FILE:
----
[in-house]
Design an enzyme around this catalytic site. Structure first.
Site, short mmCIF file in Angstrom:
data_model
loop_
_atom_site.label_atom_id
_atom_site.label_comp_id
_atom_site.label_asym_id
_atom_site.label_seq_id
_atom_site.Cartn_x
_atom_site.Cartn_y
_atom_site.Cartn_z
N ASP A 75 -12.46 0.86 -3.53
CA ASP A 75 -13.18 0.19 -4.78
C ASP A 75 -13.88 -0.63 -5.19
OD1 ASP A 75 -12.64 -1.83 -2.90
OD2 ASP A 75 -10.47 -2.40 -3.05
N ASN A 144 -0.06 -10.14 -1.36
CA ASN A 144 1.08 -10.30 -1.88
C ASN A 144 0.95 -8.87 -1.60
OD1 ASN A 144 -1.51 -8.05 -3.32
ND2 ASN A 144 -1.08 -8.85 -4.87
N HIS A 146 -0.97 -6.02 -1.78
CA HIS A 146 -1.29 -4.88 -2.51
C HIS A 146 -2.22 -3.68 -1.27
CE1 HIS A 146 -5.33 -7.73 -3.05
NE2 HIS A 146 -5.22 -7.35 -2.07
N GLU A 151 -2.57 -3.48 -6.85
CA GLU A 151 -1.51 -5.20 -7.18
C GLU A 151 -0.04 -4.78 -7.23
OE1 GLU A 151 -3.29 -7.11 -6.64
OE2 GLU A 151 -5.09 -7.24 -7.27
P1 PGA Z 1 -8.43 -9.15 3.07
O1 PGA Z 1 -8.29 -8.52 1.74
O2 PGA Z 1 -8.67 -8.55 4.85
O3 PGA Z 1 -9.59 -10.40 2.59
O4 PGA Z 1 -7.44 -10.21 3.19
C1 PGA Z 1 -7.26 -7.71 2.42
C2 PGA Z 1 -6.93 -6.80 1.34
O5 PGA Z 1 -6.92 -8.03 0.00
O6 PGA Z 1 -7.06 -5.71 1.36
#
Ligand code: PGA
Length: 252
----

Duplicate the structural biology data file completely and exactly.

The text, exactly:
[in-house]
Design an enzyme around this catalytic site. Structure first.
Site, short mmCIF file in Angstrom:
data_model
loop_
_atom_site.label_atom_id
_atom_site.label_comp_id
_atom_site.label_asym_id
_atom_site.label_seq_id
_atom_site.Cartn_x
_atom_site.Cartn_y
_atom_site.Cartn_z
N ASP A 75 -12.46 0.86 -3.53
CA ASP A 75 -13.18 0.19 -4.78
C ASP A 75 -13.88 -0.63 -5.19
OD1 ASP A 75 -12.64 -1.83 -2.90
OD2 ASP A 75 -10.47 -2.40 -3.05
N ASN A 144 -0.06 -10.14 -1.36
CA ASN A 144 1.08 -10.30 -1.88
C ASN A 144 0.95 -8.87 -1.60
OD1 ASN A 144 -1.51 -8.05 -3.32
ND2 ASN A 144 -1.08 -8.85 -4.87
N HIS A 146 -0.97 -6.02 -1.78
CA HIS A 146 -1.29 -4.88 -2.51
C HIS A 146 -2.22 -3.68 -1.27
CE1 HIS A 146 -5.33 -7.73 -3.05
NE2 HIS A 146 -5.22 -7.35 -2.07
N GLU A 151 -2.57 -3.48 -6.85
CA GLU A 151 -1.51 -5.20 -7.18
C GLU A 151 -0.04 -4.78 -7.23
OE1 GLU A 151 -3.29 -7.11 -6.64
OE2 GLU A 151 -5.09 -7.24 -7.27
P1 PGA Z 1 -8.43 -9.15 3.07
O1 PGA Z 1 -8.29 -8.52 1.74
O2 PGA Z 1 -8.67 -8.55 4.85
O3 PGA Z 1 -9.59 -10.40 2.59
O4 PGA Z 1 -7.44 -10.21 3.19
C1 PGA Z 1 -7.26 -7.71 2.42
C2 PGA Z 1 -6.93 -6.80 1.34
O5 PGA Z 1 -6.92 -8.03 0.00
O6 PGA Z 1 -7.06 -5.71 1.36
#
Ligand code: PGA
Length: 252